In a double-blind study, a topical vitamin C complex was applied to one half of the face and a placebo gel to the opposite side. Clinical evaluation of wrinkling, pigmentation, inflammation, and hydration was performed prior to the study and at weeks 4, 8, and 12. The results showed a statistically significant improvement of the vitamin C-treated side, with decreased photoaging scores of the cheeks and the peri-oral area. The overall facial improvement of the vitamin C side was statistically significant. Biopsies showed increased collagen formation in the vitamin C group. This study demonstrated that topically applied vitamin C results in clinically visible and statistically significant improvement in wrinkling when used for 12 weeks. This clinical improvement correlated with biopsy evidence of new collagen formation.40

A randomized, double-blind, controlled study was conducted on human volunteers to determine the efficacy of topical vitamin C application in treating mild-to-moderate photodamage of facial skin. Methods of evaluating efficacy included an objective, computer-assisted image analysis of the skin surface, subjective clinical photographic analysis, and a patient self-appraisal questionnaire. Topical vitamin C was applied to one side of each patient’s face and a control vehicle on the other side for three months.41

The results using the optical image analysis demonstrated that compared to the placebo vehicle, the vitamin C-treated side of the face showed a statistically significant 71% combined score improvement. Clinical assessment parameters demonstrated significant improvement with vitamin C treatment compared to the placebo vehicle for fine wrinkling, tactile roughness, skin laxity/tone, sallowness/yellowing, and overall features. Patient questionnaire results demonstrated statistically significant improvement overall with the vitamin C treatment (84% greater than control). Photographic assessment demonstrated significant improvement with vitamin C treatment (58% greater than control). This three-month study using topical vitamin C provided objective and subjective improvements in photodamaged facial skin.41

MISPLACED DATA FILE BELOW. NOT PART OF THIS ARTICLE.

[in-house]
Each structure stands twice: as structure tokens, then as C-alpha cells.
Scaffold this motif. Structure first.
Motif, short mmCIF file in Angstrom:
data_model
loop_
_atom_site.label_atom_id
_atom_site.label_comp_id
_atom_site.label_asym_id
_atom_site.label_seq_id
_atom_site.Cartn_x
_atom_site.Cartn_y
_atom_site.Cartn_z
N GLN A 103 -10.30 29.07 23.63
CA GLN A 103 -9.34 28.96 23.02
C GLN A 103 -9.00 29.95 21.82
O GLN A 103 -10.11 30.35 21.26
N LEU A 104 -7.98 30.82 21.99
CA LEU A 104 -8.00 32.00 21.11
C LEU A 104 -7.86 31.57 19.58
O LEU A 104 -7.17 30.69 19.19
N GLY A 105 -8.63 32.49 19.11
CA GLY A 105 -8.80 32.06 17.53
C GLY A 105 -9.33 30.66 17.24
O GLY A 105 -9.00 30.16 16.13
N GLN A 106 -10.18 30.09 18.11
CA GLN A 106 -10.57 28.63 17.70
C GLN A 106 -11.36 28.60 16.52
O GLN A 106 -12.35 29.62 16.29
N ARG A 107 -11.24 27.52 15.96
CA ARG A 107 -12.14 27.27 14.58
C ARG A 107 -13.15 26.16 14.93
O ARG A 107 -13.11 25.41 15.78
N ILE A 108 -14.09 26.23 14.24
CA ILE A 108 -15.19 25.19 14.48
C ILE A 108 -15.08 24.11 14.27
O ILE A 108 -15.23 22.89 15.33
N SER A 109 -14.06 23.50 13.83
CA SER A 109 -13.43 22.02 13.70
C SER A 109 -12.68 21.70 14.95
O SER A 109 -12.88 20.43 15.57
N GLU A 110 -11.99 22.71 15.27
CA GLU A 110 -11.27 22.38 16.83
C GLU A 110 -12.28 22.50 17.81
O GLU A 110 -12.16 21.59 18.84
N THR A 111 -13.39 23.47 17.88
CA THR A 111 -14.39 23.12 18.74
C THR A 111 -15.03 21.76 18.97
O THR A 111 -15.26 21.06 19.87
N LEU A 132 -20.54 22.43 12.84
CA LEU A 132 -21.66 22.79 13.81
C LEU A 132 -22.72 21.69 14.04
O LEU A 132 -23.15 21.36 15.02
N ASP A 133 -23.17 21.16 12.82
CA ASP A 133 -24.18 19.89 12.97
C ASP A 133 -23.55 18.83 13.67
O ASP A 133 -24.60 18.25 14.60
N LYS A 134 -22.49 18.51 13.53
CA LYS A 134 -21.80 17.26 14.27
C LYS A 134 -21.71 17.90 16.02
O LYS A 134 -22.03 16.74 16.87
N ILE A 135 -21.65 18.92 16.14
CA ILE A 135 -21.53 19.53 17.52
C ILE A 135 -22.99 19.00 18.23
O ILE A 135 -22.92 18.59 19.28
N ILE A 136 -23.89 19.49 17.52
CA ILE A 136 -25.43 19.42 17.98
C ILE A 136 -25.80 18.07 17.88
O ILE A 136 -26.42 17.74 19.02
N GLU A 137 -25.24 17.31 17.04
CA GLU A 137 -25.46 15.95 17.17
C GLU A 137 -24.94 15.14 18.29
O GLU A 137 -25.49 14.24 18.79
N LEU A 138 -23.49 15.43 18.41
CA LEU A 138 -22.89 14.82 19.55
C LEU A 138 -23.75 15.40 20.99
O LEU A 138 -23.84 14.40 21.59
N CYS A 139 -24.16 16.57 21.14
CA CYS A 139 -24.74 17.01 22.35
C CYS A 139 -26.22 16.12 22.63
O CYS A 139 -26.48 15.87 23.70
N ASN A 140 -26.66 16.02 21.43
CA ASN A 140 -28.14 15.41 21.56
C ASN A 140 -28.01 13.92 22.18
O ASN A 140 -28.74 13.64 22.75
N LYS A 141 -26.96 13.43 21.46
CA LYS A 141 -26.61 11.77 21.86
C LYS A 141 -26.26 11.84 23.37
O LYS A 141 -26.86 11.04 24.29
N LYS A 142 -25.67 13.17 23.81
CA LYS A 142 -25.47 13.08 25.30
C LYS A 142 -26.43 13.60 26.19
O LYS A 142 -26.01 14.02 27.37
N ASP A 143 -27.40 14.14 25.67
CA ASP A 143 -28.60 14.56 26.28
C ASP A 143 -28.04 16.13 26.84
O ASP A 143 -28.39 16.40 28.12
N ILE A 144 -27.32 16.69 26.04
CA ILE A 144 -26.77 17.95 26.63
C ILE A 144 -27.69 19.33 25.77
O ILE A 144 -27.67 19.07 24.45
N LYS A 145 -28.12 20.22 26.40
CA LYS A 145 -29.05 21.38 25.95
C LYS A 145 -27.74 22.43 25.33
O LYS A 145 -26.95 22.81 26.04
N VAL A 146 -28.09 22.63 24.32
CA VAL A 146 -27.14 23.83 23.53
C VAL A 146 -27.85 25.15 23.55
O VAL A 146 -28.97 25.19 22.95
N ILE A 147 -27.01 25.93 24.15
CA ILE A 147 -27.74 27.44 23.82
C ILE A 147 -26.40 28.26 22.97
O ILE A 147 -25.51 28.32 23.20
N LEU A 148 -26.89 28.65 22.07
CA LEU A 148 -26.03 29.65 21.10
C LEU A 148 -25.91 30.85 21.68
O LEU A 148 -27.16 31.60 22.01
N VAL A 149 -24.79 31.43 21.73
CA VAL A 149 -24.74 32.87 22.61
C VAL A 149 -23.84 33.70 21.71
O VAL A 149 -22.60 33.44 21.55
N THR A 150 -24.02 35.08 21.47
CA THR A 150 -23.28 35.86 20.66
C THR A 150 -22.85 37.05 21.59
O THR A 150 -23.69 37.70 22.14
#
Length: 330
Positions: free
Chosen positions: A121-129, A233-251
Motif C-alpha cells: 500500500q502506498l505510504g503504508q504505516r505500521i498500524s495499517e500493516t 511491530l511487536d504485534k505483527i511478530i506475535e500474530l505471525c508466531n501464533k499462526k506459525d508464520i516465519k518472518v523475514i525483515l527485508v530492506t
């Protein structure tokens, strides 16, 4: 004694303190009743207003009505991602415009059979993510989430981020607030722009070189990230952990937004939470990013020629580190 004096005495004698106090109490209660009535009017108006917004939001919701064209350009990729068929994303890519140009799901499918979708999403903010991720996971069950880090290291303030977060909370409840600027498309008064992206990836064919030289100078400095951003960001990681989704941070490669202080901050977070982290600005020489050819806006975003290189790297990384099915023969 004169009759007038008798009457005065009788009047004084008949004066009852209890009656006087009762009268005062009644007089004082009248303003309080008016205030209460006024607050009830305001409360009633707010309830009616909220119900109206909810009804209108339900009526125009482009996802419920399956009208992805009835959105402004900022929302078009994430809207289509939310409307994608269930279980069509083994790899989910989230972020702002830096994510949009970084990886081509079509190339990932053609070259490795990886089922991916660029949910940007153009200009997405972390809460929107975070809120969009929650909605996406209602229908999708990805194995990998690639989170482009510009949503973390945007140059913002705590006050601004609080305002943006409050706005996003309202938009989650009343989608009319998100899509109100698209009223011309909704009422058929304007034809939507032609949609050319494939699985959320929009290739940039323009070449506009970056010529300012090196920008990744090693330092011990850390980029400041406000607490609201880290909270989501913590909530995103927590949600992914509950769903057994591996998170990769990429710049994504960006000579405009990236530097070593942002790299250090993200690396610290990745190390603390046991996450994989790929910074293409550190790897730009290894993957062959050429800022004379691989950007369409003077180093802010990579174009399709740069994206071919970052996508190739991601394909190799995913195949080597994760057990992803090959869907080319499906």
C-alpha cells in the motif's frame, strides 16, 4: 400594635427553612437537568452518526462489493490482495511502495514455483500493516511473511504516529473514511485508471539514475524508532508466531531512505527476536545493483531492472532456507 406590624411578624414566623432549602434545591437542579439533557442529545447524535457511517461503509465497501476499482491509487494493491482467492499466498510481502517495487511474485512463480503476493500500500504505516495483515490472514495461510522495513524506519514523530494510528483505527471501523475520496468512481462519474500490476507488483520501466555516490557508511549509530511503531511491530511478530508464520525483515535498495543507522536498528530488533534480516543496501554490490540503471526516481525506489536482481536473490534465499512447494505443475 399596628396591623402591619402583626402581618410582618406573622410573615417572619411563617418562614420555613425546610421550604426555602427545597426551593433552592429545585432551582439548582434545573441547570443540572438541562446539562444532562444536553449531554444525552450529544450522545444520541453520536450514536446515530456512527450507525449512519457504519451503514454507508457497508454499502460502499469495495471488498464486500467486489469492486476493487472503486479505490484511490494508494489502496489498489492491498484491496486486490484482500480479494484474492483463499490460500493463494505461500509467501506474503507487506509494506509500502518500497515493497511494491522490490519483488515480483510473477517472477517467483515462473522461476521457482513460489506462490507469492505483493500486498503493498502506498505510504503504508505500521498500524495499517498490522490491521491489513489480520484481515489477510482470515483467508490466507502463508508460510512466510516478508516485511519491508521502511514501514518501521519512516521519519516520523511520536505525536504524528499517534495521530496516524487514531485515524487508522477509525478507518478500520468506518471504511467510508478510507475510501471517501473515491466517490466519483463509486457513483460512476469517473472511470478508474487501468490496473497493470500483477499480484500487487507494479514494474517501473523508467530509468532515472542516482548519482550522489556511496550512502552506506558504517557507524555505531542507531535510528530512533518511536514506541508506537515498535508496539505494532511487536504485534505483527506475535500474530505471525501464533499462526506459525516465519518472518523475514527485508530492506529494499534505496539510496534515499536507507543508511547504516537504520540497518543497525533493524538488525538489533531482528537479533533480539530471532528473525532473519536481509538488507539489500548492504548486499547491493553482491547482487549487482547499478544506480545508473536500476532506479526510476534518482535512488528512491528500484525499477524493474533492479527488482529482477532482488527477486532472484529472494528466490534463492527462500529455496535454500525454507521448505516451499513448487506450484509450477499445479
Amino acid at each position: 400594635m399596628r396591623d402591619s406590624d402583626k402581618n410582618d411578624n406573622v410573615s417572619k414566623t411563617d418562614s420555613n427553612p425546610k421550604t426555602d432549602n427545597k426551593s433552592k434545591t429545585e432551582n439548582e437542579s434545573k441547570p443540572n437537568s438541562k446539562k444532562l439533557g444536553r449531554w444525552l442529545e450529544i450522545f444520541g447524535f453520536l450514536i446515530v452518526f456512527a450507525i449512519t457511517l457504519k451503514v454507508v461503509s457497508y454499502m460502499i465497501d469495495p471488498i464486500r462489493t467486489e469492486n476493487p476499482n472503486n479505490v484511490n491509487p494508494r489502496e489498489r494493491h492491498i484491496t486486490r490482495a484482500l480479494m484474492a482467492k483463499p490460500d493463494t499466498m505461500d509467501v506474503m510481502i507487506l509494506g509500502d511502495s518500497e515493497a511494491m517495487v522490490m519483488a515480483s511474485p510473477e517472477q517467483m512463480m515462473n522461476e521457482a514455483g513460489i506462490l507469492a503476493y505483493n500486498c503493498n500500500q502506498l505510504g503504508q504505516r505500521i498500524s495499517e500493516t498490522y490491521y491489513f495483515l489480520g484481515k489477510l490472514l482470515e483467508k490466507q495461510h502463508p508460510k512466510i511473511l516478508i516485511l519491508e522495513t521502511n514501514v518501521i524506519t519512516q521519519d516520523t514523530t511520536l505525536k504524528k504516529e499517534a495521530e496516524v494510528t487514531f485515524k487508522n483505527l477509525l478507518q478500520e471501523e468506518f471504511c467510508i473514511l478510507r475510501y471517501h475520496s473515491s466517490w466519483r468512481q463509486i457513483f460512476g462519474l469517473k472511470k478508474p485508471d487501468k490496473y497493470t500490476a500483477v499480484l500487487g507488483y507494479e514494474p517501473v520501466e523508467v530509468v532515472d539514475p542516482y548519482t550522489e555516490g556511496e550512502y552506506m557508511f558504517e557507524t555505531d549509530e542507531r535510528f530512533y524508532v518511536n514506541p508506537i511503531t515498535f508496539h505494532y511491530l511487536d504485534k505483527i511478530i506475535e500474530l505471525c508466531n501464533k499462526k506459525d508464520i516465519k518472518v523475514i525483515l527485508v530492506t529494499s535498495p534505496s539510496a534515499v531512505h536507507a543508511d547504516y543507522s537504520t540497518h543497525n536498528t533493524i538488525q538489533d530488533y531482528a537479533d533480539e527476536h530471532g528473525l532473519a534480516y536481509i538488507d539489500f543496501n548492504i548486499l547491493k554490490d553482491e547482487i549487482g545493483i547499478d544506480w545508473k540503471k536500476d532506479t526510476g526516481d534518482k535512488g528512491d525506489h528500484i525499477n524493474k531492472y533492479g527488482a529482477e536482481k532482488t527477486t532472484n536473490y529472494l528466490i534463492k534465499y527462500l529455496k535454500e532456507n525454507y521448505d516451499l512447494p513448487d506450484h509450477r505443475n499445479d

A study of vitamins C and E in young, aged, and photodamaged human skin sought to ascertain the various levels of these antioxidants in each skin type. The findings showed that the concentration of vitamin E was significantly lower in the epidermis (upper layer) of photoaged skin (56% lower than in young skin) and aged skin (61% lower than in young skin). There was no difference in vitamin E levels in the dermis of each skin type. In photoaged skin, vitamin C levels were 69% lower in the epidermis and 63% lower in the dermis; in naturally aged skin, vitamin C levels were 61% lower in the epidermis and 70% lower in the dermis. Glutathione concentrations were also lower compared to young skin. These results show that the antioxidant defense systems in normal aged and photoaged human skin are significantly diminished compared to young skin.42

Vitamin E and vitamin C thus work together to provide antioxidant protection, support collagen synthesis, and reduce wrinkling of the skin.

Conclusion

The skin’s complex structure is vulnerable to free-radical-induced stress that manifests over time as wrinkles, dryness, thinning, and discoloration. Fortunately, innovative topical skin care agents help fight the signs of photoaging while restoring moisture, minimizing wrinkles, and improving the overall texture, health, and appearance of the skin.

Diligent daily use of topical nutritional and botanical agents such as Matrixyl™ 3000, ceramides, glycolic acid, hyaluronic acid, idebenone, pomegranate, green tea, and vitamins E and C can help preserve and enhance skin quality. Advanced topical skin care should thus be considered an important component of a comprehensive anti-aging strategy, with the added benefit of producing highly visible results in a matter of only weeks or months.